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Google Says It’s Normal For Cached JavaScript Pages To Appear Empty

Google Says It’s Normal For Cached JavaScript Pages To Appear Empty

JavaScript-based webpages may appear blank or incomplete in Google’s cache, which is normal and not indicative of any problems.

This is stated by Google’s Search Advocate John Mueller in the latest installment of the Ask Googlebot video series on YouTube.

A question is submitted by an individual asking why their JavaScript pages aren’t showing in Google’s cached view.

The question reads:

“The cached version of React pages shows a blank page. What parameters should be considered while coding the React pages with SSR to make them Googlebot friendly?”

A cached page is a snapshot of what the URL looked like the last time it was crawled by Googlebot.

When a cached page looks like it’s empty, or is missing content, it’s natural to think Googlebot ran into a problem when crawling it. But that’s not always the case.

As Mueller explains, Google’s cache only captures the HTML elements on a page.

It’s not that Google isn’t capable of caching JavaScript, it’s more that Google is held back by browser restrictions.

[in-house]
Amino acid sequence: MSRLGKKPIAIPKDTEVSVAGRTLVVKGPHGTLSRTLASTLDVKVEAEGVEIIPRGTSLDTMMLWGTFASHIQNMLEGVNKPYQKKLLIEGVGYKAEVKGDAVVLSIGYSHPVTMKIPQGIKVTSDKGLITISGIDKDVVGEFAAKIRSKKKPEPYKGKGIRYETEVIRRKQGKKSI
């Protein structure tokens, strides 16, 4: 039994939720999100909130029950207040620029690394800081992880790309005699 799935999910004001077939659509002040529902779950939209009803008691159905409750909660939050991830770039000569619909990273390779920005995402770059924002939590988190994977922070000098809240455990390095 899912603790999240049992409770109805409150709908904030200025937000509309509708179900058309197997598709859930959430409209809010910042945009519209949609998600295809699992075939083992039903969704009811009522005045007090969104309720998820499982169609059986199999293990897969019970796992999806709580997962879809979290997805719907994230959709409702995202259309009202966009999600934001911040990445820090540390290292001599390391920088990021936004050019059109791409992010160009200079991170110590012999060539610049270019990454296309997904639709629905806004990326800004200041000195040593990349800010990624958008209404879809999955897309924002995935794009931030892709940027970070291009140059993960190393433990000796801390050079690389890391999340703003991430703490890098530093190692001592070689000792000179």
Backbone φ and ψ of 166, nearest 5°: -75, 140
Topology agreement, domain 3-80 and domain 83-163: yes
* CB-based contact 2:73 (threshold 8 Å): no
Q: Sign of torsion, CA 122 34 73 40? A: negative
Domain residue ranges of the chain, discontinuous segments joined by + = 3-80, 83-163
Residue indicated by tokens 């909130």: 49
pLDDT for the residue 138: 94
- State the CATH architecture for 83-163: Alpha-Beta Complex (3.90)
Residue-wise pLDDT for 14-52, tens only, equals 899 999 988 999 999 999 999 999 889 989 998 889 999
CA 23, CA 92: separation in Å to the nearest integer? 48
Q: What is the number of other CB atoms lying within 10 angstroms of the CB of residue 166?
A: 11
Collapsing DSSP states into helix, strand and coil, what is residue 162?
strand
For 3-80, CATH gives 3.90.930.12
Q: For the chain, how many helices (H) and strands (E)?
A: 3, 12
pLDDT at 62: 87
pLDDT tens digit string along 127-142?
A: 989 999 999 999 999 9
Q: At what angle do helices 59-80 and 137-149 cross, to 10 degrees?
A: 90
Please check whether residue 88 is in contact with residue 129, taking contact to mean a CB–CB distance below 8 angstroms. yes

Google’s Cache Displays HTML Only

Caching JavaScript-based webpages is challenging, Mueller says.

Not from a technical standpoint, but rather from security standpoint.

Web browsers have restrictions on how content can be accessed, and may block requests for JavaScript files when they come from other websites (like Google’s cache).

“Google Search sometimes keeps a copy of the HTML page that was fetched from a server and shows that to users in the form of a cached page. That is, however, really just the HTML page.

For JavaScript-based websites it gets a little bit complicated here. Because of browser security, there are restrictions on how content can be accessed from a page.

For example, if a page needs a JavaScript file from your server, browsers may block that request when it comes from other websites. In our case, the other website would be Google’s cache.

In practice, this means JavaScript-based websites often show an empty or an incomplete page when they’re shown from Google’s cache. This is normal and not a sign of a problem.”

While an empty page in Google’s cache may be discouraging, what really matters for search is how the page gets indexed.

To be sure, Google can process JavaScript separately and will try to index the page as users see it.

Mueller continues:

“In particular, for indexing, Google will process the JavaScript separately and try to index what a user would see when they visit your website directly. This rendered version of a page is visible in Google Search Console’s testing tools if you want to double check.

For the most part, Google can render and index content on JavaScript-based websites fine. So, in short, it’s normal that the cache view of a JavaScript website is empty or incomplete. That’s not an indication of a problem, it’s just a technical restriction in browsers.”

For a more accurate picture of how Google views your webpages, use the URL Inspection tool in Search Console.


Featured Image: YouTube.com/GoogleSearchCentral, April 2022.

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